We figured that to properly calculate the value of the synergies, we would have to know the combined company WACC and growth rate. Because we were not provided this information and in the case, we decided to create a suplemental DCF and synergy model to try and estimate the combined company WAAC and to see the effects on the value of the synergies. We found a much lower combined company WACC (6.47%) due to the significant change in the capital structure (66% debt to 34% Equity).
However, for the revised combined company WACC we wanted to have a higher WACC due to the extreem risk that Dow was taking to go forward with the merger. We increased the debt premium because of the looming credit rating down grade that S&P was threatening to do, we increased the beta slightly, and we at a default risk premium due to the fact that they were financing a very large portion of their deal with a bridge loan. This lead us to a WACC of 11.76% and we lowered our growth rate to 1.5%. Results:
The lower WACC increased synergy values of the deal thus boosting the overall price per share value of Rohm and Haas, with a range of $80.96 to $113.38 per share.
5) Analyze the various provisions in Exhibit 4:
The following shows the risks associated with this deal, the provisions which prevent the aforementioned risks, the party favored by each provision, and the party holding the prime responsibility to address these risks.
1. Risk of delay or non-performance:
§1.2: The second business day after the satisfaction or waiver of all antitrust concerns and of all other conditions of the merger.
§2.1a: In the event the merger does not close by January 10, 2009, the per share consideration shall increase… using 8% simple interest per annum until the deal closes.
Enforcement and Jurisdiction
§8.5: The parties agree that irreparable damage would occur in the event that any of the provisions of this agreement were not performed in accordance with their specific terms or were otherwise breached… It is accordingly agreed that the parties shall be entitled to an injunction or injunctions to prevent breaches or threatened breaches of this agreement and to enforce specifically the terms and provisions of this Agreement exclusively in the Delaware Court of Chancery…(“Specific Performance”)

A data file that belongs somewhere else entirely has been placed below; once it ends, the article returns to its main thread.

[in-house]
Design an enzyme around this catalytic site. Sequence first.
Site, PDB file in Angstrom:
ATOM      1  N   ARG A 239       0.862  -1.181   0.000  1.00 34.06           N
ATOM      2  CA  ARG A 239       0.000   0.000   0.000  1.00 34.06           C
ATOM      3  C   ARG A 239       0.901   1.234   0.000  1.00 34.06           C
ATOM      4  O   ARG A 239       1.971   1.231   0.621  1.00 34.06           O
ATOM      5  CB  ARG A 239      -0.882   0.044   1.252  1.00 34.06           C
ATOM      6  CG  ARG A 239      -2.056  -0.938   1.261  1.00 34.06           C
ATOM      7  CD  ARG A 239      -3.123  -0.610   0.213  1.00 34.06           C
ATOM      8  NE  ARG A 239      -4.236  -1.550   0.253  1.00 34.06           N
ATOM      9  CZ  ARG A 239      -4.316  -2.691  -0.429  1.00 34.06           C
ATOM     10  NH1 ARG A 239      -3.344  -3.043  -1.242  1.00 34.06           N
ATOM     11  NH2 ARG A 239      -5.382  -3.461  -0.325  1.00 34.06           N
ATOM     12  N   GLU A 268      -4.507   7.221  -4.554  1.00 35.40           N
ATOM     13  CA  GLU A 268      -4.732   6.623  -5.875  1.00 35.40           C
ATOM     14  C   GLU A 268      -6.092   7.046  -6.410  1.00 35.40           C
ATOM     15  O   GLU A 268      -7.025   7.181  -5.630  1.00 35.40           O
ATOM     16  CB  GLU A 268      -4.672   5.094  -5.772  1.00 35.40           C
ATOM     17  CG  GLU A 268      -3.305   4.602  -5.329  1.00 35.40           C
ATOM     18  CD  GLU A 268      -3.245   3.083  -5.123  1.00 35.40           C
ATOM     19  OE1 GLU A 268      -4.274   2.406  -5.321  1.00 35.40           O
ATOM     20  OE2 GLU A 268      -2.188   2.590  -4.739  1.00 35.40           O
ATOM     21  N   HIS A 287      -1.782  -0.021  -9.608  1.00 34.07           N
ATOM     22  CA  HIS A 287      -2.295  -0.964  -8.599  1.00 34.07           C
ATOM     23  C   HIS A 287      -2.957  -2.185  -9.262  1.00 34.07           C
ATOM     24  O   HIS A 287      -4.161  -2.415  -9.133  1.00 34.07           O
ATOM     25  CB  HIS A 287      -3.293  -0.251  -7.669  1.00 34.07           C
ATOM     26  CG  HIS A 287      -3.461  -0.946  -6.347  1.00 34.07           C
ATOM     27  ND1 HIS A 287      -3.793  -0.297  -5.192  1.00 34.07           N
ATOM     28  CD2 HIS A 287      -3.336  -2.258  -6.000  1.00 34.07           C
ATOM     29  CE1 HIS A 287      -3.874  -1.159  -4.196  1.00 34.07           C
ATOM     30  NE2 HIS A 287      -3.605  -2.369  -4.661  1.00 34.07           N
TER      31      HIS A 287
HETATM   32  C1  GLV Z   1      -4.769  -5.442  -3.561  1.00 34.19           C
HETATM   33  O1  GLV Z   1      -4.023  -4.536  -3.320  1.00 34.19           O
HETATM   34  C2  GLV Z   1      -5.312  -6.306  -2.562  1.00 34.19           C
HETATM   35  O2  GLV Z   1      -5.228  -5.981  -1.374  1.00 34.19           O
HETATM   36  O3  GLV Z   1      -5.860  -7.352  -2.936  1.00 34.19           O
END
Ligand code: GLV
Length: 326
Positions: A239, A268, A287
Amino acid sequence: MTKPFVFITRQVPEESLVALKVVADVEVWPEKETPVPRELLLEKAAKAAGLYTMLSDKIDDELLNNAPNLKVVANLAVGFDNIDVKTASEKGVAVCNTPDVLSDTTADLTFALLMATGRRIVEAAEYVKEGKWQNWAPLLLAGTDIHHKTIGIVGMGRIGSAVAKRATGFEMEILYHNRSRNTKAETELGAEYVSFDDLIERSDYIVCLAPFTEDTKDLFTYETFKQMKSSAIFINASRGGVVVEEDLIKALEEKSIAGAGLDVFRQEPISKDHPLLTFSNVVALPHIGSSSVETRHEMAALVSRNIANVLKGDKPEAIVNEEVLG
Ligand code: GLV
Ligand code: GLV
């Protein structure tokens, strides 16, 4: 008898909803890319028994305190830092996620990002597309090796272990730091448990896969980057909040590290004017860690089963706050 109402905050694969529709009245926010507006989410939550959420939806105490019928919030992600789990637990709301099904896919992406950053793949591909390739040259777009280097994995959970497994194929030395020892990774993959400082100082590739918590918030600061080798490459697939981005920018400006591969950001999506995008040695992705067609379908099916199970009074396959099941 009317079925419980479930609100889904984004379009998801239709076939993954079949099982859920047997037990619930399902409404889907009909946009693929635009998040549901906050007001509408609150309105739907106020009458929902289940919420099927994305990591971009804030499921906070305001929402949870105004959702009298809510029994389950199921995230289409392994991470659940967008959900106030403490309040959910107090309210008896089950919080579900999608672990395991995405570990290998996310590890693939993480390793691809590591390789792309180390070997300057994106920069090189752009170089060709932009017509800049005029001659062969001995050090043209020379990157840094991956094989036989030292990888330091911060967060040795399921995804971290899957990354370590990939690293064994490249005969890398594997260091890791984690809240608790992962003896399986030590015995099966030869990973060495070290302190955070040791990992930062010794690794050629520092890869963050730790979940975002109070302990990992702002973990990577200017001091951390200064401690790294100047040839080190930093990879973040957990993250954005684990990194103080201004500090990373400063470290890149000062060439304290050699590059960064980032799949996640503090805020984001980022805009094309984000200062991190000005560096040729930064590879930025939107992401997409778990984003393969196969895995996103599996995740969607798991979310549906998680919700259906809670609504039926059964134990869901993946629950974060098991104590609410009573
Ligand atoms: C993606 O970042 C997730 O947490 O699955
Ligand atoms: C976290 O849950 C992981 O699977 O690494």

§7.2a & d: If Rohm terminates this agreement after accepting a superior merger proposal, then Rohm shall pay Dow $600 million in cash (termination fee). If this merger has not occurred by October 10, 2009, unless there has been an injunction prohibiting the consummation of the merger for antitrust reasons, then Dow shall pay Rohm $750 million (reverse termination fee).
The risk of delay is mitigated by stating explicitly the closing date in the agreement and specifying a ticking fee for any delay beyond the date specified. Non-performance is addressed by Specific Performance, with any potential breaches of agreement to be prevented with injunctions granted by the Delaware court.
These provisions primarily favor Rohm but allow for damages to be granted to both parties (termination fee and reverse termination fee) in the case of non-performance.
Responsibility is primarily allocated to Dow, but both parties are subject to financial penalties should the deal not occur.
2. Risk of governing body unfamiliarity:
§8.4: This agreement shall be governed by the laws of the state of Delaware.
This risk of governing body unfamiliarity addresses the risk of the case being discussed in a jurisdiction alien to one or both entities. Explicit statement of the applicable fiscal and legal policies affecting the deal allows both parties to predict and mitigate any potential material expenses or changes.
This provision is set to protect and allocate responsibility equally to both parties.
3. Risk of deal nullification on the basis of certain circumstances unforeseeable by Rohm:
Material Adverse Effect (MAE clause)
§3.1: A “Material Adverse Effect” means such state of facts, circumstances, event, or change that has had a material adverse effect on the business, operations or financial condition of Rohm, but shall not include: a) events or changes generally affecting the specialty chemical industry or generally affecting the economy or the financial, debt, credit or securities markets; b) any decline in Rohm’s stock price or any failure to meet internal or published projections. [Note: The MAE clause is also known as a “Material Adverse Change” or MAC clause.]